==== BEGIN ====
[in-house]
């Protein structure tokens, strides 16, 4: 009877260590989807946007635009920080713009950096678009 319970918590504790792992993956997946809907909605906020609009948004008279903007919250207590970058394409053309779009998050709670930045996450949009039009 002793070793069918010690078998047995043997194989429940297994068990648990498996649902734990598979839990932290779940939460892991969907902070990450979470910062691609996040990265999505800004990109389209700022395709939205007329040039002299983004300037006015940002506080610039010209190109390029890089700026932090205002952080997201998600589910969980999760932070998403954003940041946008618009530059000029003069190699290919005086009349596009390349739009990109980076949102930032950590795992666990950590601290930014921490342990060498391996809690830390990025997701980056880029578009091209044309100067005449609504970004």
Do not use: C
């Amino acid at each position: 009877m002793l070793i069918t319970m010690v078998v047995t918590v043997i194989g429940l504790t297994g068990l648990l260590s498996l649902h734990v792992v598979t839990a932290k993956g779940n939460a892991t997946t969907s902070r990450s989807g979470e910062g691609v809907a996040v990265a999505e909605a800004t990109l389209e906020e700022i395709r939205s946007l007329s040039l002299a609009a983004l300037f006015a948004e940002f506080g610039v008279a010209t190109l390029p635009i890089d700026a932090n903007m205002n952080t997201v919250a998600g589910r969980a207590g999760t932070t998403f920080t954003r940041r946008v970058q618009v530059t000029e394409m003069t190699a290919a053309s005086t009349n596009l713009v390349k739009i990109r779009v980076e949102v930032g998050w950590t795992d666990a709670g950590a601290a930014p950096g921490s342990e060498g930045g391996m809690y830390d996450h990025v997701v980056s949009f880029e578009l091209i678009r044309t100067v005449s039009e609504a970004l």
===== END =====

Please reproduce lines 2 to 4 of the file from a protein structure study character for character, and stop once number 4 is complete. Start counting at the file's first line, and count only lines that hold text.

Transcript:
């Protein structure tokens, strides 16, 4: 009877260590989807946007635009920080713009950096678009 319970918590504790792992993956997946809907909605906020609009948004008279903007919250207590970058394409053309779009998050709670930045996450949009039009 002793070793069918010690078998047995043997194989429940297994068990648990498996649902734990598979839990932290779940939460892991969907902070990450979470910062691609996040990265999505800004990109389209700022395709939205007329040039002299983004300037006015940002506080610039010209190109390029890089700026932090205002952080997201998600589910969980999760932070998403954003940041946008618009530059000029003069190699290919005086009349596009390349739009990109980076949102930032950590795992666990950590601290930014921490342990060498391996809690830390990025997701980056880029578009091209044309100067005449609504970004």
Do not use: C
């Amino acid at each position: 009877m002793l070793i069918t319970m010690v078998v047995t918590v043997i194989g429940l504790t297994g068990l648990l260590s498996l649902h734990v792992v598979t839990a932290k993956g779940n939460a892991t997946t969907s902070r990450s989807g979470e910062g691609v809907a996040v990265a999505e909605a800004t990109l389209e906020e700022i395709r939205s946007l007329s040039l002299a609009a983004l300037f006015a948004e940002f506080g610039v008279a010209t190109l390029p635009i890089d700026a932090n903007m205002n952080t997201v919250a998600g589910r969980a207590g999760t932070t998403f920080t954003r940041r946008v970058q618009v530059t000029e394409m003069t190699a290919a053309s005086t009349n596009l713009v390349k739009i990109r779009v980076e949102v930032g998050w950590t795992d666990a709670g950590a601290a930014p950096g921490s342990e060498g930045g391996m809690y830390d996450h990025v997701v980056s949009f880029e578009l091209i678009r044309t100067v005449s039009e609504a970004l």